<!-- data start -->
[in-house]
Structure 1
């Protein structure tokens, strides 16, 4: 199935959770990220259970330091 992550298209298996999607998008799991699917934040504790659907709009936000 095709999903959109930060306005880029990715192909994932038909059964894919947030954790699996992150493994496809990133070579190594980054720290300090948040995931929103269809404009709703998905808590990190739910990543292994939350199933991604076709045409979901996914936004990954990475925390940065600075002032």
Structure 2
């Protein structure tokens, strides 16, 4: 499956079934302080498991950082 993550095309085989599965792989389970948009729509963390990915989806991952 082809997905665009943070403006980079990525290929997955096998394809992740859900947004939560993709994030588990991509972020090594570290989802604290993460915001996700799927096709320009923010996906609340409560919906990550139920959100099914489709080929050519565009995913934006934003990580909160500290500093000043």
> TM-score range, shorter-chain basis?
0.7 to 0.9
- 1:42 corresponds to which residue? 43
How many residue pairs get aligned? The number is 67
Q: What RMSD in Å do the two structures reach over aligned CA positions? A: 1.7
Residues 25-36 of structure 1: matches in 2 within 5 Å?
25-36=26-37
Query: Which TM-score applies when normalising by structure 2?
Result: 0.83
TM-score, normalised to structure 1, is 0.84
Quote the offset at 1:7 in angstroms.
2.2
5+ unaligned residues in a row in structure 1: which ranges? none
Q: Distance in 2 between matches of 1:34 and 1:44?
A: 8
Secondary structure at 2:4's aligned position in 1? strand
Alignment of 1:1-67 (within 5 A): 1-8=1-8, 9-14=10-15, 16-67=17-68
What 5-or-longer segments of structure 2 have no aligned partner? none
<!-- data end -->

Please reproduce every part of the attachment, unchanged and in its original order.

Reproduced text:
[in-house]
Structure 1
């Protein structure tokens, strides 16, 4: 199935959770990220259970330091 992550298209298996999607998008799991699917934040504790659907709009936000 095709999903959109930060306005880029990715192909994932038909059964894919947030954790699996992150493994496809990133070579190594980054720290300090948040995931929103269809404009709703998905808590990190739910990543292994939350199933991604076709045409979901996914936004990954990475925390940065600075002032």
Structure 2
């Protein structure tokens, strides 16, 4: 499956079934302080498991950082 993550095309085989599965792989389970948009729509963390990915989806991952 082809997905665009943070403006980079990525290929997955096998394809992740859900947004939560993709994030588990991509972020090594570290989802604290993460915001996700799927096709320009923010996906609340409560919906990550139920959100099914489709080929050519565009995913934006934003990580909160500290500093000043």
> TM-score range, shorter-chain basis?
0.7 to 0.9
- 1:42 corresponds to which residue? 43
How many residue pairs get aligned? The number is 67
Q: What RMSD in Å do the two structures reach over aligned CA positions? A: 1.7
Residues 25-36 of structure 1: matches in 2 within 5 Å?
25-36=26-37
Query: Which TM-score applies when normalising by structure 2?
Result: 0.83
TM-score, normalised to structure 1, is 0.84
Quote the offset at 1:7 in angstroms.
2.2
5+ unaligned residues in a row in structure 1: which ranges? none
Q: Distance in 2 between matches of 1:34 and 1:44?
A: 8
Secondary structure at 2:4's aligned position in 1? strand
Alignment of 1:1-67 (within 5 A): 1-8=1-8, 9-14=10-15, 16-67=17-68
What 5-or-longer segments of structure 2 have no aligned partner? none